Walking under the pointed arches of the Palazzo della Ragione you’ll reach the small Piazza Duomo, encompassing more astounding buildings. Unlike Milan’s Duomo, whose imposing facade overlooks a large square emphasizing the sculptures and the spires which seem to stretch toward the sky, the entrance to Bergamo’s cathedral is so squeezed in the tiny square that it’s barely noticeable.
A few steps apart, the beautiful medieval entrance of the Basilica di Santa Maria Maggiore may seem unassuming but you’ll be blown away by the grandiosity of its interior and the beautiful frescoes decorating the walls and the dome.
Adjacent to the basilica is the Colleoni Chapel, probably one of the most famous buildings in Bergamo. Commissioned by Bartolomeo Colleoni, a condottiere from one of the most outstanding families in the area, the mausoleum was built between 1472 and 1472 to house the tombs of Colleoni and of Medea, his beloved daughter.
The polychrome facade, with its white, red and black intarsia, and the exquisite sculptures and columns, is a masterpiece of late Renaissance art. Inside the chapel, the white funerary monument dedicated to Medea strikes for its classical and serene composition, and the way the sculptures stand out from the background of black and white lozenges.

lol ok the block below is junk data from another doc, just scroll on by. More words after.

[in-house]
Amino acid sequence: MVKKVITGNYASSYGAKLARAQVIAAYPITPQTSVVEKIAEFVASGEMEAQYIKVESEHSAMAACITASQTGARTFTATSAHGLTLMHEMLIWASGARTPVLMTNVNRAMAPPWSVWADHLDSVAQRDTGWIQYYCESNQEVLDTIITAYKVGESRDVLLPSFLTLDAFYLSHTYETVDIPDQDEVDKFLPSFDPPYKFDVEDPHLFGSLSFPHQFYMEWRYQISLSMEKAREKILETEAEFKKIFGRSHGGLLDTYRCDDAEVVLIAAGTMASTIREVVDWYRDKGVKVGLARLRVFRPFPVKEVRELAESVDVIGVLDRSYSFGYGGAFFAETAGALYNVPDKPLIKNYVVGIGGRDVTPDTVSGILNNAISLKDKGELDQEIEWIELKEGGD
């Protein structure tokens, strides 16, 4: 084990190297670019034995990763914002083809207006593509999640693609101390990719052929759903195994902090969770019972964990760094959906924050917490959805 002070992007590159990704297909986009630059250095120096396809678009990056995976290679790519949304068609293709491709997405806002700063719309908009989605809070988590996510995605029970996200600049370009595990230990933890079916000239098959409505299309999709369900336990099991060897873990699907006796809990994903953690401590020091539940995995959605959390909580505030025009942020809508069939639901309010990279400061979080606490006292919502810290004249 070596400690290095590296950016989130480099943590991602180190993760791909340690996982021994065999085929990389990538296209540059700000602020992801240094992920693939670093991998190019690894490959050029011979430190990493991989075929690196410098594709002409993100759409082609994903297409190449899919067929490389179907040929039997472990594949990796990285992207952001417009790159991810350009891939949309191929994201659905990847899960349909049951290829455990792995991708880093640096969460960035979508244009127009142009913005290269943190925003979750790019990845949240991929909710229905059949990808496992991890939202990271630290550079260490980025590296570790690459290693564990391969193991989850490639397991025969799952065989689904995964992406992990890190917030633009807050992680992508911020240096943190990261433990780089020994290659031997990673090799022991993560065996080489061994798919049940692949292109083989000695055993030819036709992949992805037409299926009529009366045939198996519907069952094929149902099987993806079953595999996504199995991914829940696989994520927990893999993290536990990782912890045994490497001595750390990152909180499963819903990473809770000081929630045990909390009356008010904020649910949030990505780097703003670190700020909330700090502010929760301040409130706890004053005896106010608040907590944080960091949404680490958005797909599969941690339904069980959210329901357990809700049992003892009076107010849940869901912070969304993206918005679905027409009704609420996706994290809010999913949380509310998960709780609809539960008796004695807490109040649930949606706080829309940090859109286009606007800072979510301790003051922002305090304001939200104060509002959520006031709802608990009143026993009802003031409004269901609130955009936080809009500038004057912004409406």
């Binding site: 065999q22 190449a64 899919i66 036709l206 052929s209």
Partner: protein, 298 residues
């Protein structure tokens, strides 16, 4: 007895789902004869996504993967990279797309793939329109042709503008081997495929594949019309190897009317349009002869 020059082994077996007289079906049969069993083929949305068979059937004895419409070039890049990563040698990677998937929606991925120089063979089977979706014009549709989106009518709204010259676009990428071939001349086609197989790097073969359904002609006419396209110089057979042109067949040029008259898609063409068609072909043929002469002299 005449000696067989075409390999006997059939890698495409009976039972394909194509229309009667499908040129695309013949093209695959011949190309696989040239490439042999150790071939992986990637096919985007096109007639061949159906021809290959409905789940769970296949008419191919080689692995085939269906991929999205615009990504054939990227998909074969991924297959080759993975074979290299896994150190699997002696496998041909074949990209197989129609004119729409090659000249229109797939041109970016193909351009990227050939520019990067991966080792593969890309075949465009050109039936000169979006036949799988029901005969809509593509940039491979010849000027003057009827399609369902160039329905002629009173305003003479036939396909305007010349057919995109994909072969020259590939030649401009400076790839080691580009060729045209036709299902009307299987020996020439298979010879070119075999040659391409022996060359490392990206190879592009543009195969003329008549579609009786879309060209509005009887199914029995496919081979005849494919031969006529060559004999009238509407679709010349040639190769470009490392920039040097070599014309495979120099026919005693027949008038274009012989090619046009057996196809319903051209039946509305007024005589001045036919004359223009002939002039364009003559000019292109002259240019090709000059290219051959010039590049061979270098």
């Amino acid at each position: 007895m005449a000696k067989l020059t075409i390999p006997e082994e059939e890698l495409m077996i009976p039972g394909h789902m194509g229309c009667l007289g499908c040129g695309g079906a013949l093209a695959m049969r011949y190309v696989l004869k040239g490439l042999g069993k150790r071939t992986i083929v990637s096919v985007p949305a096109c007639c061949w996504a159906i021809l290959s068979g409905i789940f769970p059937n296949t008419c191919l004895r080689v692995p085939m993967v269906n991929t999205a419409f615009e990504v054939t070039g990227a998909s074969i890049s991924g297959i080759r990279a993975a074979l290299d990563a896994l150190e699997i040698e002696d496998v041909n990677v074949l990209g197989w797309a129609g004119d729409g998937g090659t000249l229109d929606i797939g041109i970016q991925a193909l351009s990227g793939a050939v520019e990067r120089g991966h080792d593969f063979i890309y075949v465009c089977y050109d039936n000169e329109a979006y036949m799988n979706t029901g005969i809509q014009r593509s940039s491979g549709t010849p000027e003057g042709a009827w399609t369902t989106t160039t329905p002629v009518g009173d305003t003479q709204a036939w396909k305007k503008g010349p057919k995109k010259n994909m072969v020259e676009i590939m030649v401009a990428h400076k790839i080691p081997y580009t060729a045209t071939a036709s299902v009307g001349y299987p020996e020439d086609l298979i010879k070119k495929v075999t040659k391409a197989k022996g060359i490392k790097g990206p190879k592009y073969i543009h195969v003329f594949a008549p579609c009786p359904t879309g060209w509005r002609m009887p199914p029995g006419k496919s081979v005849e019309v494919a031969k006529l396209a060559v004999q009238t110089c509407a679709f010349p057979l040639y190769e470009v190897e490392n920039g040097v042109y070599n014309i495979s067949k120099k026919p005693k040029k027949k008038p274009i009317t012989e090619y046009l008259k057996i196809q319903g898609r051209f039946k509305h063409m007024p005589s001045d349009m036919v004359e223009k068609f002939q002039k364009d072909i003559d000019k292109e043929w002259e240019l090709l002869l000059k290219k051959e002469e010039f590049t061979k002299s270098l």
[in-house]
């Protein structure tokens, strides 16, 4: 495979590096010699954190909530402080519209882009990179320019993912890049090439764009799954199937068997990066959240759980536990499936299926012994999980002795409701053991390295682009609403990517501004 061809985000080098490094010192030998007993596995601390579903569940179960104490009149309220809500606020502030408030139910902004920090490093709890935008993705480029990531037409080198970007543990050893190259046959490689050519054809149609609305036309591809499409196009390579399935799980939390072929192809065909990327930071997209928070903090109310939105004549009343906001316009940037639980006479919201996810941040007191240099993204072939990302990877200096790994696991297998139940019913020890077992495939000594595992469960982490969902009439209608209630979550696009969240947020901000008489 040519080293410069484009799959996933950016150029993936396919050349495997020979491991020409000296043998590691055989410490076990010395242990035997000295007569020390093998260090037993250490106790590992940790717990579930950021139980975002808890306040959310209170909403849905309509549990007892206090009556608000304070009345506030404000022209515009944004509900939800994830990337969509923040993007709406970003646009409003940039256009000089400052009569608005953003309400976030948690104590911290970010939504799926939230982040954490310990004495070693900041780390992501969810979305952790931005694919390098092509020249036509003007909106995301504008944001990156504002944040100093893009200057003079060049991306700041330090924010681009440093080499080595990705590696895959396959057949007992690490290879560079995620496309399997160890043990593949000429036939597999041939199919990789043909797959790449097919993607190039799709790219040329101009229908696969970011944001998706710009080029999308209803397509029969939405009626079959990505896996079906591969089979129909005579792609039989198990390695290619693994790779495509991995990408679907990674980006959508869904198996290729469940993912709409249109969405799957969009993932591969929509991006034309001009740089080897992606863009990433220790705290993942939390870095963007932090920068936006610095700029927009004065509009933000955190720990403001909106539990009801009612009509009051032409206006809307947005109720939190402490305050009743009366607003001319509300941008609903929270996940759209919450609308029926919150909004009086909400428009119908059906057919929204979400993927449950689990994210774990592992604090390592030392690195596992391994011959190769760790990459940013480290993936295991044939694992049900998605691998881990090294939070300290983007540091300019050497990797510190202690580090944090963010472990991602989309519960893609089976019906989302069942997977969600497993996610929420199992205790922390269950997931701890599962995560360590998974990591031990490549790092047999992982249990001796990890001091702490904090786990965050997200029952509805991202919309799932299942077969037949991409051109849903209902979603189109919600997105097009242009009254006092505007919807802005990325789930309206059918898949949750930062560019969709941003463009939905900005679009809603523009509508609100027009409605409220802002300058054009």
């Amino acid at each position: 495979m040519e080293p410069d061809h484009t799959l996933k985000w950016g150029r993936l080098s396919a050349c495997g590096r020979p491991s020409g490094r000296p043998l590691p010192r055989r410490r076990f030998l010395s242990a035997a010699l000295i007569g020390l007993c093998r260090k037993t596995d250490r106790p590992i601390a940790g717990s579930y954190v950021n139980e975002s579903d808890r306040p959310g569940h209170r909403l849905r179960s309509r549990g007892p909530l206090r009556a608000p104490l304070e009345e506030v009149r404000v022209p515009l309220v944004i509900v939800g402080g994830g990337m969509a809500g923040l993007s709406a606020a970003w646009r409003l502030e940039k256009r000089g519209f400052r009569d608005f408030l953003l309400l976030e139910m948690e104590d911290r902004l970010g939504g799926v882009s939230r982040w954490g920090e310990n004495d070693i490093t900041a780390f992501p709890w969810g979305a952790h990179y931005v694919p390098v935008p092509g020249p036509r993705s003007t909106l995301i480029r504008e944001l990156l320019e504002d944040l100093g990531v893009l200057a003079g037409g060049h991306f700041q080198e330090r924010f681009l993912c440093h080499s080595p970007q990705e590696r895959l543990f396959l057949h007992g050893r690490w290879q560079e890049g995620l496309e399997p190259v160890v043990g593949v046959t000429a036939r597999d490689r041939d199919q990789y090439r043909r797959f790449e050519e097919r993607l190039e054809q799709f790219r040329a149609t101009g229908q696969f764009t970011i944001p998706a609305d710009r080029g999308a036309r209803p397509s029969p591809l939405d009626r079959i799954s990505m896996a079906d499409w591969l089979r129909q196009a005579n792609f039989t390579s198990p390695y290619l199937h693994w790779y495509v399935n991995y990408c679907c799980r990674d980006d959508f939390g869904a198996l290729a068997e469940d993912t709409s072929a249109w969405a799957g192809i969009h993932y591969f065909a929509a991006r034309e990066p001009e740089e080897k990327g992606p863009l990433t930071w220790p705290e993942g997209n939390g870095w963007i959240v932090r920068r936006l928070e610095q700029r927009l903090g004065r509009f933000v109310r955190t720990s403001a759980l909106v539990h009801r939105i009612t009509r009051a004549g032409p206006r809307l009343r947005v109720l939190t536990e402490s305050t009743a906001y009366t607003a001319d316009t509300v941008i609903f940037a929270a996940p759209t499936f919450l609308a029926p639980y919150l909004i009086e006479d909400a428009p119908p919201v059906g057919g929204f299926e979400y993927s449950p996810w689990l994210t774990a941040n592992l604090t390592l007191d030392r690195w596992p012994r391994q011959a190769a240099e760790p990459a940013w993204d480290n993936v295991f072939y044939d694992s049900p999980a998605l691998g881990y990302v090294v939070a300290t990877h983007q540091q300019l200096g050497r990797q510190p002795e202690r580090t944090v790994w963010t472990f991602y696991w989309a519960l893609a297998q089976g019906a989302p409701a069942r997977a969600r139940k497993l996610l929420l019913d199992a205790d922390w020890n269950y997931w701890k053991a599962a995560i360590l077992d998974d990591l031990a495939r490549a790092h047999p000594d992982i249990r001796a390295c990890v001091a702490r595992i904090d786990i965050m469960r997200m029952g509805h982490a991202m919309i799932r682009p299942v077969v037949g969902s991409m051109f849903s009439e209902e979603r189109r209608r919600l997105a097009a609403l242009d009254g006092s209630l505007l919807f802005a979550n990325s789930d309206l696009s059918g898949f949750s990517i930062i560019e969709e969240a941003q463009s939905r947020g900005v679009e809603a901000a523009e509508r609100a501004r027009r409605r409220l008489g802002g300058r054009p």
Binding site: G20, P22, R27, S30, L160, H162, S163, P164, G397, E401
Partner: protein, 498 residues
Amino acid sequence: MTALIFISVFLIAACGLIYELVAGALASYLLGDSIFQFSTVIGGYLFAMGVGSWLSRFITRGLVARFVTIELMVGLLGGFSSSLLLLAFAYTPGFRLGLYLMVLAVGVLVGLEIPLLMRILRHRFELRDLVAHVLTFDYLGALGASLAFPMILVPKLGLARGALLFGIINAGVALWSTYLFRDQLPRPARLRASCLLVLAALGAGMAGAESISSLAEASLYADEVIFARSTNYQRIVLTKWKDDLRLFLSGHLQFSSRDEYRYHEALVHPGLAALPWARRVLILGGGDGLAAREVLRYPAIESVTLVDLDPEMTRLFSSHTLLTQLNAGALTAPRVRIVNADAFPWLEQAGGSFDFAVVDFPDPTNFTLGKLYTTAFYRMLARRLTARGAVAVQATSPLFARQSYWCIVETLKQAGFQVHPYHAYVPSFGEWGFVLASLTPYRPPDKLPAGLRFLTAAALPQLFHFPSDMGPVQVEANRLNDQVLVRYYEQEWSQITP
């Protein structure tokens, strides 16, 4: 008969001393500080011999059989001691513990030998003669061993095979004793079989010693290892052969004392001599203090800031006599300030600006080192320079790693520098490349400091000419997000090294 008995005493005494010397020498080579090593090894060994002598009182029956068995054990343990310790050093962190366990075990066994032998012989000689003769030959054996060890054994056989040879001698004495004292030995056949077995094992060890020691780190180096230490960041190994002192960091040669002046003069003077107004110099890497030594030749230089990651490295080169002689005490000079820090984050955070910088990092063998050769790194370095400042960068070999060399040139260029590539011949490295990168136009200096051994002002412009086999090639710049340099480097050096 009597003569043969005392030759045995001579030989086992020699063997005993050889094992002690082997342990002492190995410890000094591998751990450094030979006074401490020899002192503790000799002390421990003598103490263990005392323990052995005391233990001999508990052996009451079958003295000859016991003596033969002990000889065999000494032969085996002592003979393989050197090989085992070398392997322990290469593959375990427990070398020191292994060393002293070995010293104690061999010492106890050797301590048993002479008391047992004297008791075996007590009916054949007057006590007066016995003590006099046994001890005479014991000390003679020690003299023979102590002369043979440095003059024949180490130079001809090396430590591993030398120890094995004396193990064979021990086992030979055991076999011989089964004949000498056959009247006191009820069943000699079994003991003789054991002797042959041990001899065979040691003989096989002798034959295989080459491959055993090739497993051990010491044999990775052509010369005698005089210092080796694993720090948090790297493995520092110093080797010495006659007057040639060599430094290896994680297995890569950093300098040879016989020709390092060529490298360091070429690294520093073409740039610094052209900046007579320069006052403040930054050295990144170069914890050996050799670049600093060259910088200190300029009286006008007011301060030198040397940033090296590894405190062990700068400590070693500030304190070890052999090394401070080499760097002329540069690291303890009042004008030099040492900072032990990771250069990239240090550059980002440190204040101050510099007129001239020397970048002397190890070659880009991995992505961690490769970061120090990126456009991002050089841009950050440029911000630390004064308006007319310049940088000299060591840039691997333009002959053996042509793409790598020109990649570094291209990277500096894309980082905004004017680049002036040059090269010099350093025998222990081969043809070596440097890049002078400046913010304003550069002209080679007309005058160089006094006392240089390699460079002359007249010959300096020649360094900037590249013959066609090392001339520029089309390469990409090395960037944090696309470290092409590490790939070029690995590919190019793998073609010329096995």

Discovering Bergamo old town from atop the bell tower.
Unless the weather is really bad, don’t miss climbing the bell tower (there’s also an elevator, if you prefer avoiding the stairs) for a 360 degrees view of Bergamo. From the top of the tower, the perspective on the Colleoni chapel and the old town is very different and stunning.
As you look top down, rather than the opposite, you might be reminded (I am, very often) that this is one of the most important aspects of life: being able to look at things from opposite angles. Walking on the tower, you’ll also discover Bergamo’s context: the “lower town” and the plain on one side, the foothills and the pre-Alps on the other. Over there, you’ll get an idea of this special geographic area, somehow marking the transition between the alps (further north) and the long and narrow Italian peninsula.